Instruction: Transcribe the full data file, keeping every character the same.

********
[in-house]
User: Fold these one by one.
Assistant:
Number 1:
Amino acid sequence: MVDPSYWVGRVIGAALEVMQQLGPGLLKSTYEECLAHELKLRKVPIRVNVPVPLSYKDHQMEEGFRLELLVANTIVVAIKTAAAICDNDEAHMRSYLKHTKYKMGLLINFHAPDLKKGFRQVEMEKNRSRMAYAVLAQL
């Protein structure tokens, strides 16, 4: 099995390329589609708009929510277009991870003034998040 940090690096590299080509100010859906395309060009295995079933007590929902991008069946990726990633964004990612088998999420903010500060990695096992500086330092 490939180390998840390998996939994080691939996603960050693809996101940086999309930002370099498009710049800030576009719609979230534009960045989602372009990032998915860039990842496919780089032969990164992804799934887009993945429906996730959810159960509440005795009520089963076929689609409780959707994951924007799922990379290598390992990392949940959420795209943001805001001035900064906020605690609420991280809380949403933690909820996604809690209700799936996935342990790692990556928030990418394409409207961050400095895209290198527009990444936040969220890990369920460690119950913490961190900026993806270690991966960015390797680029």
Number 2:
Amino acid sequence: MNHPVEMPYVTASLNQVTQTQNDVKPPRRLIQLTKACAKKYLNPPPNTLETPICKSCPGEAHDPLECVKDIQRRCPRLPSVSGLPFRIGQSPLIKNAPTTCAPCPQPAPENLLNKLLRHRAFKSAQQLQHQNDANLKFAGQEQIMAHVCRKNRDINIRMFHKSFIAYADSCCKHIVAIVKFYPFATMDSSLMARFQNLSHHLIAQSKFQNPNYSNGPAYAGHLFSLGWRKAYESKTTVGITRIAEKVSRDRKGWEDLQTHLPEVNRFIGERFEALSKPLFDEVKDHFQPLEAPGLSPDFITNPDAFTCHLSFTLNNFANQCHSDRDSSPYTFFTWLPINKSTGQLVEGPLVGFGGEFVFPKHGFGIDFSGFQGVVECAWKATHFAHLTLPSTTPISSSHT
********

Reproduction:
[in-house]
User: Fold these one by one.
Assistant:
Number 1:
Amino acid sequence: MVDPSYWVGRVIGAALEVMQQLGPGLLKSTYEECLAHELKLRKVPIRVNVPVPLSYKDHQMEEGFRLELLVANTIVVAIKTAAAICDNDEAHMRSYLKHTKYKMGLLINFHAPDLKKGFRQVEMEKNRSRMAYAVLAQL
């Protein structure tokens, strides 16, 4: 099995390329589609708009929510277009991870003034998040 940090690096590299080509100010859906395309060009295995079933007590929902991008069946990726990633964004990612088998999420903010500060990695096992500086330092 490939180390998840390998996939994080691939996603960050693809996101940086999309930002370099498009710049800030576009719609979230534009960045989602372009990032998915860039990842496919780089032969990164992804799934887009993945429906996730959810159960509440005795009520089963076929689609409780959707994951924007799922990379290598390992990392949940959420795209943001805001001035900064906020605690609420991280809380949403933690909820996604809690209700799936996935342990790692990556928030990418394409409207961050400095895209290198527009990444936040969220890990369920460690119950913490961190900026993806270690991966960015390797680029």
Number 2:
Amino acid sequence: MNHPVEMPYVTASLNQVTQTQNDVKPPRRLIQLTKACAKKYLNPPPNTLETPICKSCPGEAHDPLECVKDIQRRCPRLPSVSGLPFRIGQSPLIKNAPTTCAPCPQPAPENLLNKLLRHRAFKSAQQLQHQNDANLKFAGQEQIMAHVCRKNRDINIRMFHKSFIAYADSCCKHIVAIVKFYPFATMDSSLMARFQNLSHHLIAQSKFQNPNYSNGPAYAGHLFSLGWRKAYESKTTVGITRIAEKVSRDRKGWEDLQTHLPEVNRFIGERFEALSKPLFDEVKDHFQPLEAPGLSPDFITNPDAFTCHLSFTLNNFANQCHSDRDSSPYTFFTWLPINKSTGQLVEGPLVGFGGEFVFPKHGFGIDFSGFQGVVECAWKATHFAHLTLPSTTPISSSHT